The origin and the chemical and isotopic evolution of dissolved inorganic carbon (DIC) in groundwater of the Okavango Delta in semi-arid Botswana were investigated using DIC and major ion concentrations and stable oxygen, hydrogen and carbon isotopes (δD, δ 18 O and δ 13 C DIC ). The δD and δ 18 O indicated that groundwater was recharged by evaporated river water and unevaporated rain. The river water and shallow (<10 m) groundwater are Ca–Na–HCO 3 type and the deep (≥10 m) groundwater is Na–K–HCO 3 to HCO 3 –Cl–SO 4 to Cl–SO 4 –HCO 3 . Compared to river water, the mean DIC concentrations were 2 times higher in shallow groundwater, 7 times higher in deep groundwater and 24 times higher in island groundwater. The δ 13 C DIC indicate that DIC production in groundwater is from organic matter oxidation and in island groundwater from organic matter oxidation and dissolution of sodium carbonate salts. The ionic and isotopic evolution of the groundwater relative to evaporated river water indicates two independent pools of DIC.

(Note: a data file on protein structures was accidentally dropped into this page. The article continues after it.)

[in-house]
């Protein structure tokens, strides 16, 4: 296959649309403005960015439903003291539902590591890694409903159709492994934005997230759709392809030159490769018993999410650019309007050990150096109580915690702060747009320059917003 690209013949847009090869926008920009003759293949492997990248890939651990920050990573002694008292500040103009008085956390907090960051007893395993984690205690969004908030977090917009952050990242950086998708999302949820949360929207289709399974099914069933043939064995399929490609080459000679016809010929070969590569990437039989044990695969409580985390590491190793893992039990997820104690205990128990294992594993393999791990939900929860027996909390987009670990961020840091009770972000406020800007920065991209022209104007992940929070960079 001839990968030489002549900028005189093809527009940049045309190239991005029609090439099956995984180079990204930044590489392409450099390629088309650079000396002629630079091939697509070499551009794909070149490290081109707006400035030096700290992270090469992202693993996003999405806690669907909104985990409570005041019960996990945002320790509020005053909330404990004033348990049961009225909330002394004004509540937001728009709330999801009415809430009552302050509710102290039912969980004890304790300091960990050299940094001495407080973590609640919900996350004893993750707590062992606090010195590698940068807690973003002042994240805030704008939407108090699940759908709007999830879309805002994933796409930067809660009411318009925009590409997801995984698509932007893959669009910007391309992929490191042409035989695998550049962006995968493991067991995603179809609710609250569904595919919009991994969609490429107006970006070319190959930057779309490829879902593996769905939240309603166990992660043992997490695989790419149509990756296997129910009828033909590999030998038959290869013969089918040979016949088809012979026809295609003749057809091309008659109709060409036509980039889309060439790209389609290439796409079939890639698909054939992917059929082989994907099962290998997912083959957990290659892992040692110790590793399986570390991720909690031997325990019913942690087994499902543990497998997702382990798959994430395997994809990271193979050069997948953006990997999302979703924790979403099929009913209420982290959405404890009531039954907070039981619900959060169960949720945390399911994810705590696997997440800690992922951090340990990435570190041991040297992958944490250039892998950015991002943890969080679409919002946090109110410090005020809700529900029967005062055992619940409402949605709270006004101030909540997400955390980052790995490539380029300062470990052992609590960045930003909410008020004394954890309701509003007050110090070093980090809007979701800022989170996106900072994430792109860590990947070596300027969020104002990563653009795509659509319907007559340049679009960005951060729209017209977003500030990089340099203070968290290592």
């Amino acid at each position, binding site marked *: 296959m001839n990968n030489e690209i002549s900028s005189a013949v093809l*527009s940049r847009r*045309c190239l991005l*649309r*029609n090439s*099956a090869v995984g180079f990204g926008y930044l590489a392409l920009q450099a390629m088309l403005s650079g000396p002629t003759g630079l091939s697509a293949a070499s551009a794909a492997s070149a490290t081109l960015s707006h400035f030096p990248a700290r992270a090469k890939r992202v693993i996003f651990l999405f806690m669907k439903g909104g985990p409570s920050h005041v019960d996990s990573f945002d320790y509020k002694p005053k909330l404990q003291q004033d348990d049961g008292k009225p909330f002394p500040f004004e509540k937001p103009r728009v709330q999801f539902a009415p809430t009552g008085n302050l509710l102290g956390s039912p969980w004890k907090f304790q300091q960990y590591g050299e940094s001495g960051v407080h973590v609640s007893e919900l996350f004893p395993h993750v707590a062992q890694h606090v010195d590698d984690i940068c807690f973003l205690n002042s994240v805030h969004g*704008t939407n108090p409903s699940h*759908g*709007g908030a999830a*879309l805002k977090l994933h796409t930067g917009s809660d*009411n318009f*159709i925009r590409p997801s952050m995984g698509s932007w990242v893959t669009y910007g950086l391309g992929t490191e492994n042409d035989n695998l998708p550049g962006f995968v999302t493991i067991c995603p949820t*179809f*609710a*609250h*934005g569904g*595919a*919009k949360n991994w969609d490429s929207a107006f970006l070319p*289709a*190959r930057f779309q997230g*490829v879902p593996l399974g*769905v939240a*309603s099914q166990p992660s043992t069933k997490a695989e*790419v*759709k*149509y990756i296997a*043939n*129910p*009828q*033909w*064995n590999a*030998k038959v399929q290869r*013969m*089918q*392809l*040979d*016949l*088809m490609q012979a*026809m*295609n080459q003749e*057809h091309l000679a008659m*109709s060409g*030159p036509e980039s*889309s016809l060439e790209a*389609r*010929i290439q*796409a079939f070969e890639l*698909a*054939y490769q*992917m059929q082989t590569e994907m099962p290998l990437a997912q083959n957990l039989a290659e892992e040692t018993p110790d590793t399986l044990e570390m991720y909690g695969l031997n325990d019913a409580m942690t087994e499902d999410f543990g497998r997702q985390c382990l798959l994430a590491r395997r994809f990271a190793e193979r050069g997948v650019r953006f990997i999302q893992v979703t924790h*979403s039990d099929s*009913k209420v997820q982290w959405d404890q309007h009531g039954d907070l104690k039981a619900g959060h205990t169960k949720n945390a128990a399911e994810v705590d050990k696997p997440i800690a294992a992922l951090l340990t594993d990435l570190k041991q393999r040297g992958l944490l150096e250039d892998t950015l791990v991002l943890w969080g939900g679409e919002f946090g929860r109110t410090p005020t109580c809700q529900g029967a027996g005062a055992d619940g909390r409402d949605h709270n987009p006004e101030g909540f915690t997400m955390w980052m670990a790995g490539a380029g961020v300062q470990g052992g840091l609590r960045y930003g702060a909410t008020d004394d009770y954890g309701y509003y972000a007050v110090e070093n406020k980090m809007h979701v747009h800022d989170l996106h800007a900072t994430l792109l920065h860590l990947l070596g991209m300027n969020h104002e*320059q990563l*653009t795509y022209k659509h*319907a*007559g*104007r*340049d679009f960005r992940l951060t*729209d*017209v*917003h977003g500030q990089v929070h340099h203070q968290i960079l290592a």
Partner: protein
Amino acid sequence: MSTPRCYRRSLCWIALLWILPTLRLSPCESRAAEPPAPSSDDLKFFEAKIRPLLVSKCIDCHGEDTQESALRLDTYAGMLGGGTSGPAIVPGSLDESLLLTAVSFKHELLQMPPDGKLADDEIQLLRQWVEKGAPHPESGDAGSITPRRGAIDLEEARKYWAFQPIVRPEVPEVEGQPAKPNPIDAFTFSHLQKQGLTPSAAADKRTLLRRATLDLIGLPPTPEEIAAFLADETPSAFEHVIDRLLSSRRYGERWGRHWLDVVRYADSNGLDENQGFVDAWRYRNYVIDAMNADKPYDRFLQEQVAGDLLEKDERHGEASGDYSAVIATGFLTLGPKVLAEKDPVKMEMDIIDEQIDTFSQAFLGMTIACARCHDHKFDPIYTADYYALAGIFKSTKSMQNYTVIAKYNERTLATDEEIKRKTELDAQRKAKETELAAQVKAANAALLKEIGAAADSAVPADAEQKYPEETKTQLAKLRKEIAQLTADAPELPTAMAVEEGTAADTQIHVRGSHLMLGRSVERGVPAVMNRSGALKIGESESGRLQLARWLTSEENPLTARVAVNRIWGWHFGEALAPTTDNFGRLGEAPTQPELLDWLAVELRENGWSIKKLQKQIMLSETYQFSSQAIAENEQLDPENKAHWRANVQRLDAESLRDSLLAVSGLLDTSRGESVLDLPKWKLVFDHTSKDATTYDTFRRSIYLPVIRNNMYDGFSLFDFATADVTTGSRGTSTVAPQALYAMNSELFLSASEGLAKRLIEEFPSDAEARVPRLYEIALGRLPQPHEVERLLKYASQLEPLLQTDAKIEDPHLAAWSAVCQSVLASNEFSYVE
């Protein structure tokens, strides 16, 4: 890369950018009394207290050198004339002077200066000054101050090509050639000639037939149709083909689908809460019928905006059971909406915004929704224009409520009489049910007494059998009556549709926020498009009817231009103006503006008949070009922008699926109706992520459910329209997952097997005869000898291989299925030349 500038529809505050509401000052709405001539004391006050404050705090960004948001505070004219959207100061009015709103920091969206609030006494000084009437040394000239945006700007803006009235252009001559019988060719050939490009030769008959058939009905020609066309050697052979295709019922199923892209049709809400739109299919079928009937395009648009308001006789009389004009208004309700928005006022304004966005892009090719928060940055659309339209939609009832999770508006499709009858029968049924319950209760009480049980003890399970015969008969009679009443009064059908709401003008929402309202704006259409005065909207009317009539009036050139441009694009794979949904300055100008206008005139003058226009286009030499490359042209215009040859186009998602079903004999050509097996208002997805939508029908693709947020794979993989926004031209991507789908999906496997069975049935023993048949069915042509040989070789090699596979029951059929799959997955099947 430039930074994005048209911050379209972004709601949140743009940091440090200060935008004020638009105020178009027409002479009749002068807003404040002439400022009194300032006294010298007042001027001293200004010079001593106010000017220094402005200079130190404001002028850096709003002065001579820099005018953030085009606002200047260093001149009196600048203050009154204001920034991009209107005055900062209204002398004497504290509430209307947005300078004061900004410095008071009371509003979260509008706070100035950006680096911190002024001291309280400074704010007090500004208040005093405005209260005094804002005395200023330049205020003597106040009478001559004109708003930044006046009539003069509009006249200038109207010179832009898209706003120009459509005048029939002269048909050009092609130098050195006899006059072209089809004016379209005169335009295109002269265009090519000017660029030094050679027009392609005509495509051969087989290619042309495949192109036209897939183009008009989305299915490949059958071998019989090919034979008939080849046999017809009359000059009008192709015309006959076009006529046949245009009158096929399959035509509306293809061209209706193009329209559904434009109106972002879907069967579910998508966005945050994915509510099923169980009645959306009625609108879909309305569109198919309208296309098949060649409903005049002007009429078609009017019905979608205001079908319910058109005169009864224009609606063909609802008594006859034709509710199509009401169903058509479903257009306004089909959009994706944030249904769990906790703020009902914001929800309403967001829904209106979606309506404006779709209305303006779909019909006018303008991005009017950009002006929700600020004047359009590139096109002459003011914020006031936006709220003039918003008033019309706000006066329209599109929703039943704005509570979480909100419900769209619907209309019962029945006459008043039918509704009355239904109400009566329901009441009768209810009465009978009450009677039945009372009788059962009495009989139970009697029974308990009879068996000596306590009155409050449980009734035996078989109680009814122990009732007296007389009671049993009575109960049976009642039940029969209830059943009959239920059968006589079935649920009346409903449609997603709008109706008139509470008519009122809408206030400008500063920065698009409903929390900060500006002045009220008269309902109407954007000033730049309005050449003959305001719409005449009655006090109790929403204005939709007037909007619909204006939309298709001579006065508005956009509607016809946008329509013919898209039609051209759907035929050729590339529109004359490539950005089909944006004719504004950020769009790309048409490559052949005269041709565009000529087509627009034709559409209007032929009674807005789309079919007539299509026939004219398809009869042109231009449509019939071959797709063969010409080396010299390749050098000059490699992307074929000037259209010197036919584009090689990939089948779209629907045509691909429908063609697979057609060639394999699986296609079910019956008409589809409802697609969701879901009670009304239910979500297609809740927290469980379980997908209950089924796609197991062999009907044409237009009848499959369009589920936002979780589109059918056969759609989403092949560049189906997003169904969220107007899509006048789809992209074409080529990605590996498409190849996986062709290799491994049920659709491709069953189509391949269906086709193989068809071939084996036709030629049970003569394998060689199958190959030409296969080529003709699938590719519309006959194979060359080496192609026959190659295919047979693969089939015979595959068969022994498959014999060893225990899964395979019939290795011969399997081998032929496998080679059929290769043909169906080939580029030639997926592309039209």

All Science Journal Classification (ASJC) codes
- Water Science and Technology